"Green fosters" and their expectations - German Shepherd Dog Forums

Increase font size: 0, 10, 25, 50%

GermanShepherds.com is the premier German Shepherd Forum on the internet. Registered Users do not see the above ads.
Reply
 
LinkBack Thread Tools
Old 12-10-2013, 01:55 AM   #1 (permalink)
Elite Member
 
Magwart's Avatar
 
Join Date: Jul 2012
Posts: 1,399
Default "Green fosters" and their expectations

Let's talk about your favorite rescue's training program for new fosters.

Now that we're launching a new rescue, it's a question that's been on my mind. I have a handful of friends who foster who are all in their thirties, forties, or fifties, have had dogs all their lives, train together, and are great with dogs who have "issues." The key is the "train together" part -- they all get that dogs are moldable and progress from point A to point B with a plan and patience. And they all get the need for building trust with a dog, and taking things slowly.

It's the green new foster homes that worry me. I've seen a lot of them at the local shelter here. In this college town, they are typically early 20s. They grew up with a dog and love animals. They want to help save them. They've never professionally trained their own dogs, or been part of a training club, and are clueless about dog behavior. They emulate whatever their parents did to "train." ("No, no bad dog!")

I've noticed a pattern with this type of green foster at our local public shelter. They are so excited and thrilled at first, delighted to take a sad, miserable dog from the shelter and help it. And then within three days, they want to return the dog. Naturally, they didn't crate train it, turned it loose with their personal animals the first night, let it roam in the house unsupervised for hours....and bad things happened.

How do your favorite rescues keep new fosters on the right track? Is it in your foster contract? Do you have mandatory foster training?
Magwart is offline   Reply With Quote Quick reply to this message
Sponsored Links
Advertisement
 
Old 12-10-2013, 10:12 AM   #2 (permalink)
Crowned Member
 
misslesleedavis1's Avatar
 
Join Date: Dec 2013
Location: -
Posts: 3,635
Default

I always tell potential fosters that,

- the new dog probably has many issues
- the new dog most likely has food agression
- when introducing your new dog to your dogs do it off property
-the new dog will most likely cry all night if in a crate
the new dog with most likely get into garbage or chew if he is left unsupervised
- the new dog will take off because it has no idea who the **** you are
- i hope you like cleaning up poop because your new dog is most likely not housetrained

I like to employ the negatives about fostering and give no false hope. there are also many positives i tell them about! i just dont see a point in holding back.
misslesleedavis1 is offline   Reply With Quote Quick reply to this message
Old 12-10-2013, 10:15 AM   #3 (permalink)
Knighted Member
 
Remo's Avatar
 
Join Date: Sep 2004
Location: Northern VA
Posts: 2,533
Default

We have a system where we assign a "mentor" (i.e. experienced foster home volunteer) to each new foster home. That way they have a specific person to go to for help/questions.

We also have a foster home manual on the volunteer section of our web site that also provides guidelines/information.
__________________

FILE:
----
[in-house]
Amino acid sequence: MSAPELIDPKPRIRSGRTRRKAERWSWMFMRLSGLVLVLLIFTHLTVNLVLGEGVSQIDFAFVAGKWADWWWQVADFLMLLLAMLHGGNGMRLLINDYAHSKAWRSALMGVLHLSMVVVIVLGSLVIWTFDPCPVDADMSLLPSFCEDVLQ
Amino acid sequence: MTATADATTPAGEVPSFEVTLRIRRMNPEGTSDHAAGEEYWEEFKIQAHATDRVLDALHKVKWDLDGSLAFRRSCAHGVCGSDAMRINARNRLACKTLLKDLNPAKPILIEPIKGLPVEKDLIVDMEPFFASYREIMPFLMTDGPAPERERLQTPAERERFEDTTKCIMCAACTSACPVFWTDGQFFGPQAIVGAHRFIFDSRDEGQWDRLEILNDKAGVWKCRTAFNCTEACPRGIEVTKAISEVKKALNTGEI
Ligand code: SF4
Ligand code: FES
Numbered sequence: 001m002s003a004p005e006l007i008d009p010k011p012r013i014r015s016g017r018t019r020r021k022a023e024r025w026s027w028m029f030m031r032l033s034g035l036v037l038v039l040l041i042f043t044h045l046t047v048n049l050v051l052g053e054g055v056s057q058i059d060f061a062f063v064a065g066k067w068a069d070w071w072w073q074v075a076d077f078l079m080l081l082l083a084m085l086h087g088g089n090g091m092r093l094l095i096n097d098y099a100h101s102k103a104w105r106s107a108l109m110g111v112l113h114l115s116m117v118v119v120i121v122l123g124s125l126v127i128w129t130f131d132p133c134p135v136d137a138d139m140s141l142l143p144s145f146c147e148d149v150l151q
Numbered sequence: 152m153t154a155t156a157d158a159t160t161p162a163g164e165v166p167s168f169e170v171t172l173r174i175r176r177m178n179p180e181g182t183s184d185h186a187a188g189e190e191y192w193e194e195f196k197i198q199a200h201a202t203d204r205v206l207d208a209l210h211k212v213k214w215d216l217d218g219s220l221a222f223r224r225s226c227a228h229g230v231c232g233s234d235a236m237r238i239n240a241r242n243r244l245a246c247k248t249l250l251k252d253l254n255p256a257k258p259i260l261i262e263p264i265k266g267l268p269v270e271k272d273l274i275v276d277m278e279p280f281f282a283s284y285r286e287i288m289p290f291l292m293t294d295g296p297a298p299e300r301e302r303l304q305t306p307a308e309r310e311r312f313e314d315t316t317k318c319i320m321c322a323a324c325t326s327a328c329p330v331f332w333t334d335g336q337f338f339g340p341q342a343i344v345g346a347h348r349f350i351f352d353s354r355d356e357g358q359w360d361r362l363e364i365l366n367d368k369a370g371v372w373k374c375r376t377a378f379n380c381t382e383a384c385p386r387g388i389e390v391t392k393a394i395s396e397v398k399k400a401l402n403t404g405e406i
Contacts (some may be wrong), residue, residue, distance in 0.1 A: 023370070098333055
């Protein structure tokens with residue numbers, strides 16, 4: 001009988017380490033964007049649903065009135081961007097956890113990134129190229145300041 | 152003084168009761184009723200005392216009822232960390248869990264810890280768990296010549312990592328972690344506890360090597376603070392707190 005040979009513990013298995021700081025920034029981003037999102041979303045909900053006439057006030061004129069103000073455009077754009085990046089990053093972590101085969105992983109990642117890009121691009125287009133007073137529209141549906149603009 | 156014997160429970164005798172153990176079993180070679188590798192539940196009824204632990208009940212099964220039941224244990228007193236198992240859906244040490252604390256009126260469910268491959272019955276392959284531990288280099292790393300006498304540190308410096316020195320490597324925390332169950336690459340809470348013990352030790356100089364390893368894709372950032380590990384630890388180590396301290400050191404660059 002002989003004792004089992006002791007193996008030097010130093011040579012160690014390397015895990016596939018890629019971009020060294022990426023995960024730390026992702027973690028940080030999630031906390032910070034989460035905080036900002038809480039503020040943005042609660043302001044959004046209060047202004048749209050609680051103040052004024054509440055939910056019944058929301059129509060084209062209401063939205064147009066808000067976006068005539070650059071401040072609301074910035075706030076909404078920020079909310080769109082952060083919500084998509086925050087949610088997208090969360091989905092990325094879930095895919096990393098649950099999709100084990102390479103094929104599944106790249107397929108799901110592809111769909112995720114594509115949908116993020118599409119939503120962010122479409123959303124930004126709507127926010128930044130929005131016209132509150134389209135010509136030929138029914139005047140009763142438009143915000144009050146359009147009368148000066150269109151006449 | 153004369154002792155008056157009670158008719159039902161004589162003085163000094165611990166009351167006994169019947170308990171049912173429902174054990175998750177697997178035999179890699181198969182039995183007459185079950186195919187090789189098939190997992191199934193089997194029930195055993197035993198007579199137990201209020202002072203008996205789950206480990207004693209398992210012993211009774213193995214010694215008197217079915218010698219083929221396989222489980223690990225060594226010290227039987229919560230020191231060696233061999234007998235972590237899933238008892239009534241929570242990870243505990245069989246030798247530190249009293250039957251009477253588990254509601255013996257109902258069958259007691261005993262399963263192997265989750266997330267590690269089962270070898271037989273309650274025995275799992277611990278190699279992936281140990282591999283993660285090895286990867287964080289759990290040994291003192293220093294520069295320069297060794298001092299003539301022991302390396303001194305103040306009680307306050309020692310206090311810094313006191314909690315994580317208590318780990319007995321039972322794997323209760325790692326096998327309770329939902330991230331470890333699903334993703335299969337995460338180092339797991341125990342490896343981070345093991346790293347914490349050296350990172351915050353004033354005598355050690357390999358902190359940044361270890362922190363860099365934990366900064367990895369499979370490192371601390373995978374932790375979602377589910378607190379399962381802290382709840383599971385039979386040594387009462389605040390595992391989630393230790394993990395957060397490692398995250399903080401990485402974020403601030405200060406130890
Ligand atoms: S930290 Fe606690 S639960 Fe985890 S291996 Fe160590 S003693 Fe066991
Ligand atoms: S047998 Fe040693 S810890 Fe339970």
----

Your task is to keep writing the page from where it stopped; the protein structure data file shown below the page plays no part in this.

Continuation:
Yours in GSDs and rescue,

Lea

Good Dogs for Good Homes
Virginia German Shepherd Rescue
www.shepherdrescue.org
Remo is offline   Reply With Quote Quick reply to this message
Old 12-10-2013, 10:16 AM   #4 (permalink)
The Rescues Rule Administrator
 
JeanKBBMMMAAN's Avatar
 
Join Date: May 2005
Posts: 23,881
Default

Foster mentors help.

I like the idea of training though - a 2 hour class would be a great way to start. Cover what to feed/not, when to call for vetting permission, paperwork, adopter relations and followup, behavior, stages of the rescue dog, grooming basics. Okay, maybe 2-2 hour classes!
__________________
IMOM is...
JeanKBBMMMAAN is offline   Reply With Quote Quick reply to this message
Old 12-10-2013, 10:26 AM   #5 (permalink)
Crowned Member
 
misslesleedavis1's Avatar
 
Join Date: Dec 2013
Location: -
Posts: 3,635
Default

Quote:
Originally Posted by Remo View Post
We have a system where we assign a "mentor" (i.e. experienced foster home volunteer) to each new foster home. That way they have a specific person to go to for help/questions.

We also have a foster home manual on the volunteer section of our web site that also provides guidelines/information.
I love this!!!! we have fb connections and support, but not a mentor! awesome fabulous ideas
misslesleedavis1 is offline   Reply With Quote Quick reply to this message
Old 12-10-2013, 10:39 AM   #6 (permalink)
Elite Member
 
Merciel's Avatar
 
Join Date: Apr 2013
Location: Philadelphia
Posts: 1,575
Default

Mentors help.

I have a foster wiki that I send them all a link to: WAGS Wiki (I wrote that almost two years ago and haven't really looked at it since, so it might be horribly outdated by now, who knows).

We also try to give first-time fosters the "easy," highly adoptable dogs who are likely to be placed within a couple of weeks even if they have no training and the foster has even screwed them up in some small way. Puppies and small-breed dogs without behavioral issues almost always get adopted within two weeks around here, so they're usually good starter dogs for new fosters.

Other rescues in our area have mandatory volunteer orientations before you're allowed to take a new pet home as a foster. One of them runs a two-hour session and the other is a pair of two-hour sessions split over two separate weekends. I think that's a great idea if you have enough personnel to make it work, but it's not feasible for my rescue because there are only a couple of people who could teach the class and nobody wants to do it. (I'm one of the possible candidates and I don't want to do it, so I can't blame anybody else there.)
__________________
ARCHMX TDCH Pongu the Insane, CD-C, RE, RL1X6, RL2X5, RL3X2 (GSD mix, b. Apr 2010)
Crookytail the Tigerwuff, RL1, ITD (Akita mix, b. Jan 2011)
Merciel is offline   Reply With Quote Quick reply to this message
Old 12-10-2013, 10:53 AM   #7 (permalink)
Knighted Member
 
sit,stay's Avatar
 
Join Date: Jan 2003
Location: Idaho
Posts: 3,230
Default